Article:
It is in the invisible spectrum of product authentication devices, however, that the highest levels of security are achieved. Here, p-s labels offer outstanding versatility. Because of their multilayer construction, they present several different surfaces to which a security device can be applied.
Next Page: Track & Trace
As already discussed, this can be achieved via ink and other depositions on the label's surface, but it also can be applied to the label substrate's underside or even embedded in the face-stock. It can be mixed into the label adhesive or coated above or below it.
In the label face material (paper or film), a catalog of covert options might include two- or three-dimensional, customer-exclusive watermarks; nylon fibers of a specific length or color, readable only in UV or IR light; and metal strips or fragments (invisible to the naked eye) embedded in the facestock. Polyester security threads, thermochromic threads, and micro-marked fibers are other possibilities.
Solvent-sensitive papers, developed to prevent information being removed with the use of solvent, also are available. Iridescent security color stripes — impossible to reproduce by photocopier, offset print, or computer printers — can be applied to paper facestocks.
Near-IR fluorophores, chemical taggants, or microtaggants (including DNA) can be built into the label construction and are detectable only with dedicated scanners. There is even a tagging system that is invisible to forensic trace methods.
Track & Trace
Track-and-trace technologies, such as RFID, are another pathway that offers a powerful platform of protection for products as they move through the supply chain — and the p-s label is still the central enabler in RFID packaging applications. It goes without saying that multilayer security labeling solutions should be at least customer-unique, if not label-unique.
Package printers interested in expanding their product offering into the realms of security print as a speciality — or who are interested in supporting their existing client base with the extra dimension of security print — certainly can draw on plenty of options. A good starting point would be the selection of a portfolio of overt and covert technologies that could be maintained in-house for “mix and match” use.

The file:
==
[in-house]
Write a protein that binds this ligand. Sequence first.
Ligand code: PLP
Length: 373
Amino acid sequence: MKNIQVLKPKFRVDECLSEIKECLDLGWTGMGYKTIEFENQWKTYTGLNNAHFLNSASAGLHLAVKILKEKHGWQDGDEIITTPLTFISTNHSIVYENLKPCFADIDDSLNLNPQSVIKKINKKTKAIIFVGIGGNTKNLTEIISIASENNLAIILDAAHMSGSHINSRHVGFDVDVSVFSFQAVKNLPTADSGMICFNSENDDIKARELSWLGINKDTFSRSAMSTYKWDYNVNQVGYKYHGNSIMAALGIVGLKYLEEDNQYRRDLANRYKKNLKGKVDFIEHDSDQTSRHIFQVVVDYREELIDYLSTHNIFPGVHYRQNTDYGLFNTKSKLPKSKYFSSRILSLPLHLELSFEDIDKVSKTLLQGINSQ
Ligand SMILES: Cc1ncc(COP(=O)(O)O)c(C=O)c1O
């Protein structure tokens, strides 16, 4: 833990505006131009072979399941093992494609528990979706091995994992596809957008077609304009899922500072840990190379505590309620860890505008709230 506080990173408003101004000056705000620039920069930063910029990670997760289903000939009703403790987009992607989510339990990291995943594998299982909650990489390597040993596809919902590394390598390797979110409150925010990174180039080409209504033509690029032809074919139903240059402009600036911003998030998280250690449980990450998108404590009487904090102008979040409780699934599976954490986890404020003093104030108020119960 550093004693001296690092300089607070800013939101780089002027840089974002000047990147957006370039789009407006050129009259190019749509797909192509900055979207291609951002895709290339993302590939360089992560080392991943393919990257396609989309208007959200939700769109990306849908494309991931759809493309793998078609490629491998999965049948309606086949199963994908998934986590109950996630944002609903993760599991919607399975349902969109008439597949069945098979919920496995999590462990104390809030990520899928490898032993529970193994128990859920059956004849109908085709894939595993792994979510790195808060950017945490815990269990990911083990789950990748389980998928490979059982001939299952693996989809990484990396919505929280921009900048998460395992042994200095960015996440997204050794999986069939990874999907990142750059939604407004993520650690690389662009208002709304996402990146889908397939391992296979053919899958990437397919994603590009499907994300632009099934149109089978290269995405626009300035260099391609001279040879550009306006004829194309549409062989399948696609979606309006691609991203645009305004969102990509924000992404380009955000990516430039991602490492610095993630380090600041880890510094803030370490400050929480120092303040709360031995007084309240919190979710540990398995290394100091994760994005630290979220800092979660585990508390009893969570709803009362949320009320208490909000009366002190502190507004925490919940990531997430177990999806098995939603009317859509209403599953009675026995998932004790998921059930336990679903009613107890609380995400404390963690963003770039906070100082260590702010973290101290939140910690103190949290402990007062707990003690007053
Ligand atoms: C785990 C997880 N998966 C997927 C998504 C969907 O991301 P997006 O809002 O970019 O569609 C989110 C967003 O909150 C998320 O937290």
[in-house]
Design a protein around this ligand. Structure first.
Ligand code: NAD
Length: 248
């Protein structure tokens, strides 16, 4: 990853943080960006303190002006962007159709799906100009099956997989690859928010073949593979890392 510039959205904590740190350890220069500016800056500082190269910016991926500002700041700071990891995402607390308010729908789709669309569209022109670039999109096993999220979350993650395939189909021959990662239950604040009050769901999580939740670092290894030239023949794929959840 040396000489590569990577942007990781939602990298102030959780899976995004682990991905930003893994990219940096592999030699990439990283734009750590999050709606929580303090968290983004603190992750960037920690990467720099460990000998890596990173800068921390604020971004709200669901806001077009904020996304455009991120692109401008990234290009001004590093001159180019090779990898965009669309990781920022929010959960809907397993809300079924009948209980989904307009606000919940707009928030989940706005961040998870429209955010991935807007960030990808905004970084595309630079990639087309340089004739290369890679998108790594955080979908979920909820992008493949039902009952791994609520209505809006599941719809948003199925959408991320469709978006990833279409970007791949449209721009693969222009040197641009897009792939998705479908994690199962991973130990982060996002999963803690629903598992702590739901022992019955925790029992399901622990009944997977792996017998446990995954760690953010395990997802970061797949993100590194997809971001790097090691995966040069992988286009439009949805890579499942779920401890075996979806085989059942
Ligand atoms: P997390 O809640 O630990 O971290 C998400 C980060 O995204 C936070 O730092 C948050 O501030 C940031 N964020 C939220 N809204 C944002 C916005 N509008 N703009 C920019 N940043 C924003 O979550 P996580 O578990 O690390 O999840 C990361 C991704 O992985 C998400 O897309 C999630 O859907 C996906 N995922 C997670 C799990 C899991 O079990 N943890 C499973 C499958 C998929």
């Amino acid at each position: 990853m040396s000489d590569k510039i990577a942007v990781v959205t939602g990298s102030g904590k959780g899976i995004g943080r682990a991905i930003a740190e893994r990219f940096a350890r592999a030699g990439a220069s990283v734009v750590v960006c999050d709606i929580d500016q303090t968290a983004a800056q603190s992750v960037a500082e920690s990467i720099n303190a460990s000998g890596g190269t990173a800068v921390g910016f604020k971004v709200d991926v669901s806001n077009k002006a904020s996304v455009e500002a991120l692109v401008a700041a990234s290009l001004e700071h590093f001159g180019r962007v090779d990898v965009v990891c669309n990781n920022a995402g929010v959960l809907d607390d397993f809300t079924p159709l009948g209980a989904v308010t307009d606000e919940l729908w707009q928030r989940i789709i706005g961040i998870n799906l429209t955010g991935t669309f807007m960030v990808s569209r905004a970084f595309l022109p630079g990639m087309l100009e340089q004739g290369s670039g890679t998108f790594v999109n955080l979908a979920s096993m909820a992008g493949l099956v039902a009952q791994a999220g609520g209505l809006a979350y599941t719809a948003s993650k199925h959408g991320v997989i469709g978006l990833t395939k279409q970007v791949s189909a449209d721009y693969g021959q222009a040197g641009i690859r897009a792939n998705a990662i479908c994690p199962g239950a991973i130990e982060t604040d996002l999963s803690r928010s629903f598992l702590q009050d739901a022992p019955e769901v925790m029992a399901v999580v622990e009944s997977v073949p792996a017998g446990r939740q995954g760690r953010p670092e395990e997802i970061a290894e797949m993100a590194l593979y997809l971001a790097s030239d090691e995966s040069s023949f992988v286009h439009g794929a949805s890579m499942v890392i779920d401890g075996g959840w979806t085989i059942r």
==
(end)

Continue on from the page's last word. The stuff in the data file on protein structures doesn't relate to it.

From these, a unique solution to meet the manufacturer's deliverables usually can be constructed, its complexity limited only by the seriousness of the security threat to the product, its vulnerability, and the funds available. For highly complex solutions, formal supply chain partnerships may be necessary, involving — in addition to the converter — raw material suppliers, p-s laminators, ink manufacturers, and press manufacturers.
As yet there are no international standards for producers of security labels and no global register of security label printers, so converters wishing to explore the possibilities of such partnerships may wish to draw on the experience and expert knowledge of members of such organizations as the International AntiCounterfeiting Coalition, the Brand Protection Alliance, and the Brand Protection Council for advice on available technologies and practical implementation. Market-specific organizations with a particular focus on anti-counterfeiting, such as the International Assn. of Pharmaceutical Mfrs., also can deliver valuable insights into important features such as distribution channels.
Dr. William Llewellyn is VP and senior consultant with AWA Alexander Watson Assoc., Amsterdam, Netherlands, a market research firm specializing in packaging and converting. Contact him at +31 20 676 20 60; www.awa-bv.com.
Want To Learn More?
Be sure to visit www.pffc-online.com to find more Special Reports, an RFID One-Stop content category, and additional brand security coverage.
AWA Conferences & Events organizes PABS10, the product authentication and brand security conference, taking place in Chicago, October 4-5. For further information and online registration, visit www.awa-bv.com.